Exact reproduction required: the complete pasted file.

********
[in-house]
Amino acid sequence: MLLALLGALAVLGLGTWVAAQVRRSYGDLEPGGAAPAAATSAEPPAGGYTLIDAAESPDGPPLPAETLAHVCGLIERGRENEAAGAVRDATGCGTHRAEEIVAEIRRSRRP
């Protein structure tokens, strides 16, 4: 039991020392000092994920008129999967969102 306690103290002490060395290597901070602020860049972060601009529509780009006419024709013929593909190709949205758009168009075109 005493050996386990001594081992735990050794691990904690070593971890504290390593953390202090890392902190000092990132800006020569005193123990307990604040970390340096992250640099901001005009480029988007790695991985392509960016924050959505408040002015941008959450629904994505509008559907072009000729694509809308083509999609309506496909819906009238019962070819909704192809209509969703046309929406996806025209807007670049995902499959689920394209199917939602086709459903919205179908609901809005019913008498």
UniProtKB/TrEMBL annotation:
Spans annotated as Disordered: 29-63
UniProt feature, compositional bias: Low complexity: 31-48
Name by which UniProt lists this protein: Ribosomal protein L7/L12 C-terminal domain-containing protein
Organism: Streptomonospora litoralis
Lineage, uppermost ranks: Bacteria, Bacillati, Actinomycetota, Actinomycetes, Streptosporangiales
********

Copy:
[in-house]
Amino acid sequence: MLLALLGALAVLGLGTWVAAQVRRSYGDLEPGGAAPAAATSAEPPAGGYTLIDAAESPDGPPLPAETLAHVCGLIERGRENEAAGAVRDATGCGTHRAEEIVAEIRRSRRP
């Protein structure tokens, strides 16, 4: 039991020392000092994920008129999967969102 306690103290002490060395290597901070602020860049972060601009529509780009006419024709013929593909190709949205758009168009075109 005493050996386990001594081992735990050794691990904690070593971890504290390593953390202090890392902190000092990132800006020569005193123990307990604040970390340096992250640099901001005009480029988007790695991985392509960016924050959505408040002015941008959450629904994505509008559907072009000729694509809308083509999609309506496909819906009238019962070819909704192809209509969703046309929406996806025209807007670049995902499959689920394209199917939602086709459903919205179908609901809005019913008498």
UniProtKB/TrEMBL annotation:
Spans annotated as Disordered: 29-63
UniProt feature, compositional bias: Low complexity: 31-48
Name by which UniProt lists this protein: Ribosomal protein L7/L12 C-terminal domain-containing protein
Organism: Streptomonospora litoralis
Lineage, uppermost ranks: Bacteria, Bacillati, Actinomycetota, Actinomycetes, Streptosporangiales